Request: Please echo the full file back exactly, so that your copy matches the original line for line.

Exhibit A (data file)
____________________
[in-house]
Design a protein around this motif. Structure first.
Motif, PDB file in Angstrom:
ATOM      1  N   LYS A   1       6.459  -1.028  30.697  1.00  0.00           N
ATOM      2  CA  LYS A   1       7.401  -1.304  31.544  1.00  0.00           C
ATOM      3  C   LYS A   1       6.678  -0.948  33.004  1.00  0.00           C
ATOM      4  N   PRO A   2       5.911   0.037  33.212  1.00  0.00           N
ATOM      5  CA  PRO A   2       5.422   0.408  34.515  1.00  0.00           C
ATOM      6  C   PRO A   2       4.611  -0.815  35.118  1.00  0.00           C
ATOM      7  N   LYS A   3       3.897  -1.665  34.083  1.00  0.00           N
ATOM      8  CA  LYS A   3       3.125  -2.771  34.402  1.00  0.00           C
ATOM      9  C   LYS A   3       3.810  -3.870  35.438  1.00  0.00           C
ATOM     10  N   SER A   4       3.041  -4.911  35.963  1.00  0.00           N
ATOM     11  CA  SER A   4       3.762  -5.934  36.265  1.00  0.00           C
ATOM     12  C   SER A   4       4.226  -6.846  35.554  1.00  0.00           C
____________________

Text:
[in-house]
Design a protein around this motif. Structure first.
Motif, PDB file in Angstrom:
ATOM      1  N   LYS A   1       6.459  -1.028  30.697  1.00  0.00           N
ATOM      2  CA  LYS A   1       7.401  -1.304  31.544  1.00  0.00           C
ATOM      3  C   LYS A   1       6.678  -0.948  33.004  1.00  0.00           C
ATOM      4  N   PRO A   2       5.911   0.037  33.212  1.00  0.00           N
ATOM      5  CA  PRO A   2       5.422   0.408  34.515  1.00  0.00           C
ATOM      6  C   PRO A   2       4.611  -0.815  35.118  1.00  0.00           C
ATOM      7  N   LYS A   3       3.897  -1.665  34.083  1.00  0.00           N
ATOM      8  CA  LYS A   3       3.125  -2.771  34.402  1.00  0.00           C
ATOM      9  C   LYS A   3       3.810  -3.870  35.438  1.00  0.00           C
ATOM     10  N   SER A   4       3.041  -4.911  35.963  1.00  0.00           N
ATOM     11  CA  SER A   4       3.762  -5.934  36.265  1.00  0.00           C
ATOM     12  C   SER A   4       4.226  -6.846  35.554  1.00  0.00           C